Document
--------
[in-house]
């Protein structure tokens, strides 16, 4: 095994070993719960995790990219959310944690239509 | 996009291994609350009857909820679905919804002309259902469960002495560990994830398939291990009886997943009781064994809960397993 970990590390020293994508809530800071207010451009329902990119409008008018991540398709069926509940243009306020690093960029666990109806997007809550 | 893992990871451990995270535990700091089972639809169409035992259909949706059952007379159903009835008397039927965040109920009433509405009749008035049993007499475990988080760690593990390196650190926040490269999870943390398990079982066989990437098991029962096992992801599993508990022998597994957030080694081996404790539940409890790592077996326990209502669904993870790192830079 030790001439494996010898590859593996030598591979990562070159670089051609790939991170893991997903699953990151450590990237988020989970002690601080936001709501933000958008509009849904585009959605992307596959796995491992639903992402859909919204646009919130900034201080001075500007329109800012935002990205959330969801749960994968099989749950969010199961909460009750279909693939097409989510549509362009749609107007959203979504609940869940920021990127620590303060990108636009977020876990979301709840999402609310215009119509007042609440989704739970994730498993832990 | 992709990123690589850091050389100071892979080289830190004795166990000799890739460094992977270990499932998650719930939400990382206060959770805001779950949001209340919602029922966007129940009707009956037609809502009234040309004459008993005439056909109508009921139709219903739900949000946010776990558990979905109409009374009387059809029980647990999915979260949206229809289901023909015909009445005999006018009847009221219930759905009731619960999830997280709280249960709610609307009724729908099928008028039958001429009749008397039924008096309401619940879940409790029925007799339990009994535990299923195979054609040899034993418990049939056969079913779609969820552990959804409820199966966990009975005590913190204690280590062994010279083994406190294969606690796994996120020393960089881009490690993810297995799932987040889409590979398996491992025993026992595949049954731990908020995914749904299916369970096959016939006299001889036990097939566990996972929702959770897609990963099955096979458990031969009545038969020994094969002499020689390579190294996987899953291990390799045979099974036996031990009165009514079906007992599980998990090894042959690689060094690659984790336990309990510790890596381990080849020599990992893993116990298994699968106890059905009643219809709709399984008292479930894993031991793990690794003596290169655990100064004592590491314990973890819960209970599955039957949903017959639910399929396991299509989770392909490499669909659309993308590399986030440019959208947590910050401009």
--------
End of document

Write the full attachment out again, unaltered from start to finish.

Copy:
[in-house]
């Protein structure tokens, strides 16, 4: 095994070993719960995790990219959310944690239509 | 996009291994609350009857909820679905919804002309259902469960002495560990994830398939291990009886997943009781064994809960397993 970990590390020293994508809530800071207010451009329902990119409008008018991540398709069926509940243009306020690093960029666990109806997007809550 | 893992990871451990995270535990700091089972639809169409035992259909949706059952007379159903009835008397039927965040109920009433509405009749008035049993007499475990988080760690593990390196650190926040490269999870943390398990079982066989990437098991029962096992992801599993508990022998597994957030080694081996404790539940409890790592077996326990209502669904993870790192830079 030790001439494996010898590859593996030598591979990562070159670089051609790939991170893991997903699953990151450590990237988020989970002690601080936001709501933000958008509009849904585009959605992307596959796995491992639903992402859909919204646009919130900034201080001075500007329109800012935002990205959330969801749960994968099989749950969010199961909460009750279909693939097409989510549509362009749609107007959203979504609940869940920021990127620590303060990108636009977020876990979301709840999402609310215009119509007042609440989704739970994730498993832990 | 992709990123690589850091050389100071892979080289830190004795166990000799890739460094992977270990499932998650719930939400990382206060959770805001779950949001209340919602029922966007129940009707009956037609809502009234040309004459008993005439056909109508009921139709219903739900949000946010776990558990979905109409009374009387059809029980647990999915979260949206229809289901023909015909009445005999006018009847009221219930759905009731619960999830997280709280249960709610609307009724729908099928008028039958001429009749008397039924008096309401619940879940409790029925007799339990009994535990299923195979054609040899034993418990049939056969079913779609969820552990959804409820199966966990009975005590913190204690280590062994010279083994406190294969606690796994996120020393960089881009490690993810297995799932987040889409590979398996491992025993026992595949049954731990908020995914749904299916369970096959016939006299001889036990097939566990996972929702959770897609990963099955096979458990031969009545038969020994094969002499020689390579190294996987899953291990390799045979099974036996031990009165009514079906007992599980998990090894042959690689060094690659984790336990309990510790890596381990080849020599990992893993116990298994699968106890059905009643219809709709399984008292479930894993031991793990690794003596290169655990100064004592590491314990973890819960209970599955039957949903017959639910399929396991299509989770392909490499669909659309993308590399986030440019959208947590910050401009």